47. 47. Age Average Range/MinNew born 30-80Early childhood 20-40Late childhood 15-25Adulthood-male 14-18Female 16-2049
  48. 48. Rhythm: is the regularity of expiration and inspiration Normal breathing is automatic & effortless.Depth: described as normal, deep or shallow. Deep: a large volume of air inhaled &exhaled, inflates most of the lungs. Shallow: exchange of a small volume of airminimal use of lung tissue.50
  49. 49.  It is the force exerted by the blood againstthe walls of the arteries in which it is flowing. It is expressed in terms of millimeters ofmercury (mm of Hg).51
  50. 50.  Systolic pressure is the maximum of thepressure against the wall of the vesselfollowing ventricular contraction. Diastolic pressure is the minimum pressureof the blood against the walls of the vesselsfollowing closure of aortic valve (ventricularrelaxation).52
  51. 51.  BP is measured by using an instrument called Bpcuff (sphygmomanometer) & stethoscope and the average normal value is 120/80mmHg foradults. brachial artery and popliteal artery are mostcommonly used. It is measured by securing the Bp cuff to theupper arm & thigh placing the stethoscope onbrachial artery in the antecubital space &popliteal artery at the back of the knee. Pulse pressure: is the difference between thesystolic and diastolic pressure53
  52. 52.  Fever Stress Arteriosclerosis Exposure to cold Obesity Hemorrhage Low hematocrit External heat54
  53. 53.  Upper arm (using brachial artery(commonest) Thigh around popliteal artery Fore -arm using radial artery Leg using posterior tibial or dorsal pedis55
  54. 54.  A persistently high Bp, measured for greater thanthree times is called hypertension & thatpersistently less than normal range is calledhypotension. Because of many factors influencing Bp a singlemeasurement is not necessarily significant toconfirm hypertension. When the cause of hypertension is known it iscalled secondary hypertension and when thecause is unknown is called primary/essentialhypertension.56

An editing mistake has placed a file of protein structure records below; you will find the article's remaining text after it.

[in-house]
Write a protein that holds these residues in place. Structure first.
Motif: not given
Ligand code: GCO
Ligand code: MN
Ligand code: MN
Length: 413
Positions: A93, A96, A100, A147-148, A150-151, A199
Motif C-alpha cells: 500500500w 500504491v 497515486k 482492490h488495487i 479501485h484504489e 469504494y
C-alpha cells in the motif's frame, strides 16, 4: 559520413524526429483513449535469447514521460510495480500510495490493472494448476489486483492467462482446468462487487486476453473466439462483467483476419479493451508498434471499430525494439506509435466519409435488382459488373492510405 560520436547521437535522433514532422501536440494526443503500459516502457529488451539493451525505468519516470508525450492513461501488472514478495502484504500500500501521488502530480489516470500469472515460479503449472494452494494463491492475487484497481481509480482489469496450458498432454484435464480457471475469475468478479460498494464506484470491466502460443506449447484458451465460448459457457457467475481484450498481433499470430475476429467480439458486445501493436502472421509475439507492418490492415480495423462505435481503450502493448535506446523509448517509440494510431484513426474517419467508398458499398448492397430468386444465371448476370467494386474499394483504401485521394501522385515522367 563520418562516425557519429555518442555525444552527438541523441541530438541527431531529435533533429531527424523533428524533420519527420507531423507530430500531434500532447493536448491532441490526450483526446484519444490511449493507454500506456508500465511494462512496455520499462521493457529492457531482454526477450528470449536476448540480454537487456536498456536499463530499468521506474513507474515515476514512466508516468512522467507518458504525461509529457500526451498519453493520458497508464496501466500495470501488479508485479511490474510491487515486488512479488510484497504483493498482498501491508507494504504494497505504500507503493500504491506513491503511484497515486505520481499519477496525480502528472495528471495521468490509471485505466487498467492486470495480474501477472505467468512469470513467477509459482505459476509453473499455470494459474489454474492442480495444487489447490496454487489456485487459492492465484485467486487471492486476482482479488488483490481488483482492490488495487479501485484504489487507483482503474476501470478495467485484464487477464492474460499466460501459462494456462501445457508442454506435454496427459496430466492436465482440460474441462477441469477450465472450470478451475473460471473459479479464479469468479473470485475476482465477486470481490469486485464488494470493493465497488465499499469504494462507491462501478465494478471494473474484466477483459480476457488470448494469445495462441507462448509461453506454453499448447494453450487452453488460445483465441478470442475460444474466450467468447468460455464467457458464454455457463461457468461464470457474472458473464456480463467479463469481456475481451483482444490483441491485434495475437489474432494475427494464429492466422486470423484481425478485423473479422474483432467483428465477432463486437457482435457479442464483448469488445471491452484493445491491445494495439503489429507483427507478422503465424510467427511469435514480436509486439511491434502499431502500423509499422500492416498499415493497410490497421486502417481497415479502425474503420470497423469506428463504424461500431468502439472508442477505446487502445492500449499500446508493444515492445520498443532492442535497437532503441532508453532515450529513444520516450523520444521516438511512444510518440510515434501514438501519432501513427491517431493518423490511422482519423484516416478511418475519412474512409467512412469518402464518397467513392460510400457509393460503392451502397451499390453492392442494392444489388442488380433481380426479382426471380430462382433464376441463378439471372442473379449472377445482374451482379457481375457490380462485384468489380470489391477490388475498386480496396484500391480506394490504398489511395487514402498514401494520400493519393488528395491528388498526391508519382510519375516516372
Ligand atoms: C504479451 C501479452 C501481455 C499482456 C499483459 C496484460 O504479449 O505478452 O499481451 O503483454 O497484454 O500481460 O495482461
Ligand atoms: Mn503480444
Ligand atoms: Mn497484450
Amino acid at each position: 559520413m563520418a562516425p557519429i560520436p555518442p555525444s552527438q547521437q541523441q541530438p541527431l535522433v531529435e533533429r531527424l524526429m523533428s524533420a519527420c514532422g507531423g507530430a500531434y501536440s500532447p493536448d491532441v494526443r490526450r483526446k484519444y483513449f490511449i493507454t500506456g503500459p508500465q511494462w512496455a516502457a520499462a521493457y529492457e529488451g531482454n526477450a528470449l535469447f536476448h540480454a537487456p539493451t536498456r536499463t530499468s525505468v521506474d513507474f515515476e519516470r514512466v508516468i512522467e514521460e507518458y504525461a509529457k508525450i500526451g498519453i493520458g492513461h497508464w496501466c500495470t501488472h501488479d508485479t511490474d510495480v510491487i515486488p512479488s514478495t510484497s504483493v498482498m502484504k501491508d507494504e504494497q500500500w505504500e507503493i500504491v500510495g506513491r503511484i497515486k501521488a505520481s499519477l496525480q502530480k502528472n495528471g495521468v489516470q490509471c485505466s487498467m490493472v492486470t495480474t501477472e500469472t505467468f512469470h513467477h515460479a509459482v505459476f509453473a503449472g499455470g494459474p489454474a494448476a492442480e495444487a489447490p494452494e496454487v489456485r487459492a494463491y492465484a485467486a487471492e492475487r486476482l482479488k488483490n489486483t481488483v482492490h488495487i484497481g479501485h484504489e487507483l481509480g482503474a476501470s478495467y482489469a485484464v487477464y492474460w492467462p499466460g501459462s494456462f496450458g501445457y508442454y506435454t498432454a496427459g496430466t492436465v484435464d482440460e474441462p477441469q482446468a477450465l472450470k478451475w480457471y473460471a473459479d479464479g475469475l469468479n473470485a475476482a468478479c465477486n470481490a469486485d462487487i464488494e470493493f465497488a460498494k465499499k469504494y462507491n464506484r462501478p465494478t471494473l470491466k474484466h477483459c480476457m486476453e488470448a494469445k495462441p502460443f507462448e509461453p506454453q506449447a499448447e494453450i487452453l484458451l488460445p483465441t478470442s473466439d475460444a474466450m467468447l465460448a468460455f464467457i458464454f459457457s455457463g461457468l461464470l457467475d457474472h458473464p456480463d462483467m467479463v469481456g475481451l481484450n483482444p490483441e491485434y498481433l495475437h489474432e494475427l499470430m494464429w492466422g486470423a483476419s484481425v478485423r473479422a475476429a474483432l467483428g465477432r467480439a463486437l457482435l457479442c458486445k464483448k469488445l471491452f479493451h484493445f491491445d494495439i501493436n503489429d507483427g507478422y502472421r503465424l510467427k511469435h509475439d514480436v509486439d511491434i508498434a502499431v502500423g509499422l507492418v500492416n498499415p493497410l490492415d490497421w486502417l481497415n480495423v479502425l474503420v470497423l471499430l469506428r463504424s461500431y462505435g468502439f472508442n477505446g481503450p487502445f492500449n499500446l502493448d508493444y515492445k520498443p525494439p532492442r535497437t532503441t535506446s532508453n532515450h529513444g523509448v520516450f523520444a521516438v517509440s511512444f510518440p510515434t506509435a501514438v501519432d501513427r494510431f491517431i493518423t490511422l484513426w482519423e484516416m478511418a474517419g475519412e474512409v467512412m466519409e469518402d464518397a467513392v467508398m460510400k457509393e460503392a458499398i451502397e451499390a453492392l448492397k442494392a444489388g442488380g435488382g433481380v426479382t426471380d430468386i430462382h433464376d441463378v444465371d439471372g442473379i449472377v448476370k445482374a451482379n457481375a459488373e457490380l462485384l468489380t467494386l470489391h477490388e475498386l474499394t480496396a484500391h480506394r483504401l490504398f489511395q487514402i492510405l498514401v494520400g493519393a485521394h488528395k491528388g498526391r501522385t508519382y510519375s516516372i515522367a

55. 55. Purpose To obtain base line measure of arterial bloodpressure for subsequent evaluation To determine the clients homodynamicstatus To identify and monitor changes in bloodpressure.57
  56. 56. 58
  57. 57. StethoscopeBlood pressure cuff of the appropriate sizeSphygmomanometer59
  58. 58. 60EarpiecesBinauralsRubber or plastictubingBellChestpieceDiaphragm
  59. 59.  Explain the procedure to the patient & removeany light cloth from patient’s arm Make sure that the client has not smoked oringested caffeine, within 30 minutes prior tomeasurement. Position the patient on lying, sitting or standingposition, but always ensure that thesphygmomanometer is at the level of the heartwith the arm supported & the palm facingupwards.61
  60. 60.  apply cuff snugly/securely around the arm ,2.5cm above the antecubital space/fossa, at thelevel of the heart (for every cm the cuff sitesabove or below the level of the heart the BPvaries by 0.8mmHg) Palpate the radial pulse and inflate the cuff untilthe radial pulse can no longer be felt, thisprovides an estimation of systolic pressure. Inflate cuff 30mmHg higher than estimatedsystolic pressure.62
  61. 61.  palpate the brachial artery & place the bell of thestethoscope over the site & the ear pieces onear, apply enough pressure to keep thestethoscope in place (the bell of the stethoscopeis designed to amplify/intensify low frequencysounds) Deflate the cuff 2-4mmHg per second. The first pulse heard is the systolic reading,continue to deflate until there is a change intone to a muffled beat, this is the diastolicreading.63
  62. 62.  Deflate & remove cuff roll neatly and replace. Record the systolic and diastolic pressure onvital sing sheet and compare the presentreading with previous reading. report or treat any change Clear ear pieces and bell of the stethoscopewith antiseptic swab and return allequipments.64
  63. 63. Thank you65